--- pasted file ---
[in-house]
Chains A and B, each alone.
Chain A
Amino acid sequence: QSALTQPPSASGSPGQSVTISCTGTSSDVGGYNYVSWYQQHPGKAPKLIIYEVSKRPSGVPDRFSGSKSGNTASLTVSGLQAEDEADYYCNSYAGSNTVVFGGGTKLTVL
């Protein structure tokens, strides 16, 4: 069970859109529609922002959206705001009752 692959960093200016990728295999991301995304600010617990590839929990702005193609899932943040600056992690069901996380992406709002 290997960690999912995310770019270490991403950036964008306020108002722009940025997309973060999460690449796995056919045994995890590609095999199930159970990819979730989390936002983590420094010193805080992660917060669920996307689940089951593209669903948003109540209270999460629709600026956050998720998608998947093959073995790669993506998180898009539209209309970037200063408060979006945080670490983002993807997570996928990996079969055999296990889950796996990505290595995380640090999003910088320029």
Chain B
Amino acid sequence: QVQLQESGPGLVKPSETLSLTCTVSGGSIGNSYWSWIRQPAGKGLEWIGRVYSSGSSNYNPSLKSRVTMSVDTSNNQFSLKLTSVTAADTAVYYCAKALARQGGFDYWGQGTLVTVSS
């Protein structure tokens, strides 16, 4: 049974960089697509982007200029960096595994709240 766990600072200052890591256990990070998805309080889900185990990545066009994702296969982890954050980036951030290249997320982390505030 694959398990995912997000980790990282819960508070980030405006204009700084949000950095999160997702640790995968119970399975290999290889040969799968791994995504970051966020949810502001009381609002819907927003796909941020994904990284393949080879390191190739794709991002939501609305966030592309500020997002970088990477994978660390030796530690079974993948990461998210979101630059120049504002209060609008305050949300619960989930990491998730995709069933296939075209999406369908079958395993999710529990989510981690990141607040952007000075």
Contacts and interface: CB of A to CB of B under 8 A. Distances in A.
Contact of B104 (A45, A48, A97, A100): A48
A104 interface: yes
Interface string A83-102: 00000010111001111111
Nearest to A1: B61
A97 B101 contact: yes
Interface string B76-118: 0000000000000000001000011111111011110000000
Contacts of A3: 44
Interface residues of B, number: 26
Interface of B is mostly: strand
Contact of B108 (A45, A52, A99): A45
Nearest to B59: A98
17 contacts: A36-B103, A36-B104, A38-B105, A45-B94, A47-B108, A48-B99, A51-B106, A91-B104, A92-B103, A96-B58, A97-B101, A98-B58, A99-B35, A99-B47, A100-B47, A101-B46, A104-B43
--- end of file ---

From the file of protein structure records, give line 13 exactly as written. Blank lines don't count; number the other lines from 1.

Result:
Nearest to A1: B61